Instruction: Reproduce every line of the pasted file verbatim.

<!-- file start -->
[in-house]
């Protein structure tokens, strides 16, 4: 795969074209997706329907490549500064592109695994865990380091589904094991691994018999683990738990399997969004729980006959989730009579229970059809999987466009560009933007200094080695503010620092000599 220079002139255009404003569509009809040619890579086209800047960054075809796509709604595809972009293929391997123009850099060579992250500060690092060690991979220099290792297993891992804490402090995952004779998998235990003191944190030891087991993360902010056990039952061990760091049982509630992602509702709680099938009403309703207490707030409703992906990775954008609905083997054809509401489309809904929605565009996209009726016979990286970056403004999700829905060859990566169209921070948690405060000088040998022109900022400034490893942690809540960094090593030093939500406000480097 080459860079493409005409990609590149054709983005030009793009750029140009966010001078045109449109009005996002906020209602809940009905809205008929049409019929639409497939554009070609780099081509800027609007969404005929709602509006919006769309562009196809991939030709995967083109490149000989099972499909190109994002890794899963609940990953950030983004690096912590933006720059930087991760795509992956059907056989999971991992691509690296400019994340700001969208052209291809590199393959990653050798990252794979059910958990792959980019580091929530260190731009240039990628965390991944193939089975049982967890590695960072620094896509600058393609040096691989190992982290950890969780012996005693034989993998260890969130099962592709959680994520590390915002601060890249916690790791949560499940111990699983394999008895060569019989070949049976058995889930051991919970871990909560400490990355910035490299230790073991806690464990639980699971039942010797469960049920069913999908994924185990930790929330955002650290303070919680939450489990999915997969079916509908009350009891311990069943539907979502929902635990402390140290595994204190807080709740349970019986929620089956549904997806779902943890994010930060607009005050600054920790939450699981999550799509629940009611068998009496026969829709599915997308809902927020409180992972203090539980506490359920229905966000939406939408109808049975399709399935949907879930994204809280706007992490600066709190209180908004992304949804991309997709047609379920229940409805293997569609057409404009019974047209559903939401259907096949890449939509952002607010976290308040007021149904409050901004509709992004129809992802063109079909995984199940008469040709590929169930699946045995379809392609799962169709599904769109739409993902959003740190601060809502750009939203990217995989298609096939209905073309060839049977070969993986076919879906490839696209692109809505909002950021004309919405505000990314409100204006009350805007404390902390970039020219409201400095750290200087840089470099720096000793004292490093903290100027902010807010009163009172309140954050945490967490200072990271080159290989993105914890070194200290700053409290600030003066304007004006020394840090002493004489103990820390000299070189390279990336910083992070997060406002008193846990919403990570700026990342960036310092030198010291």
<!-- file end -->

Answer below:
[in-house]
């Protein structure tokens, strides 16, 4: 795969074209997706329907490549500064592109695994865990380091589904094991691994018999683990738990399997969004729980006959989730009579229970059809999987466009560009933007200094080695503010620092000599 220079002139255009404003569509009809040619890579086209800047960054075809796509709604595809972009293929391997123009850099060579992250500060690092060690991979220099290792297993891992804490402090995952004779998998235990003191944190030891087991993360902010056990039952061990760091049982509630992602509702709680099938009403309703207490707030409703992906990775954008609905083997054809509401489309809904929605565009996209009726016979990286970056403004999700829905060859990566169209921070948690405060000088040998022109900022400034490893942690809540960094090593030093939500406000480097 080459860079493409005409990609590149054709983005030009793009750029140009966010001078045109449109009005996002906020209602809940009905809205008929049409019929639409497939554009070609780099081509800027609007969404005929709602509006919006769309562009196809991939030709995967083109490149000989099972499909190109994002890794899963609940990953950030983004690096912590933006720059930087991760795509992956059907056989999971991992691509690296400019994340700001969208052209291809590199393959990653050798990252794979059910958990792959980019580091929530260190731009240039990628965390991944193939089975049982967890590695960072620094896509600058393609040096691989190992982290950890969780012996005693034989993998260890969130099962592709959680994520590390915002601060890249916690790791949560499940111990699983394999008895060569019989070949049976058995889930051991919970871990909560400490990355910035490299230790073991806690464990639980699971039942010797469960049920069913999908994924185990930790929330955002650290303070919680939450489990999915997969079916509908009350009891311990069943539907979502929902635990402390140290595994204190807080709740349970019986929620089956549904997806779902943890994010930060607009005050600054920790939450699981999550799509629940009611068998009496026969829709599915997308809902927020409180992972203090539980506490359920229905966000939406939408109808049975399709399935949907879930994204809280706007992490600066709190209180908004992304949804991309997709047609379920229940409805293997569609057409404009019974047209559903939401259907096949890449939509952002607010976290308040007021149904409050901004509709992004129809992802063109079909995984199940008469040709590929169930699946045995379809392609799962169709599904769109739409993902959003740190601060809502750009939203990217995989298609096939209905073309060839049977070969993986076919879906490839696209692109809505909002950021004309919405505000990314409100204006009350805007404390902390970039020219409201400095750290200087840089470099720096000793004292490093903290100027902010807010009163009172309140954050945490967490200072990271080159290989993105914890070194200290700053409290600030003066304007004006020394840090002493004489103990820390000299070189390279990336910083992070997060406002008193846990919403990570700026990342960036310092030198010291």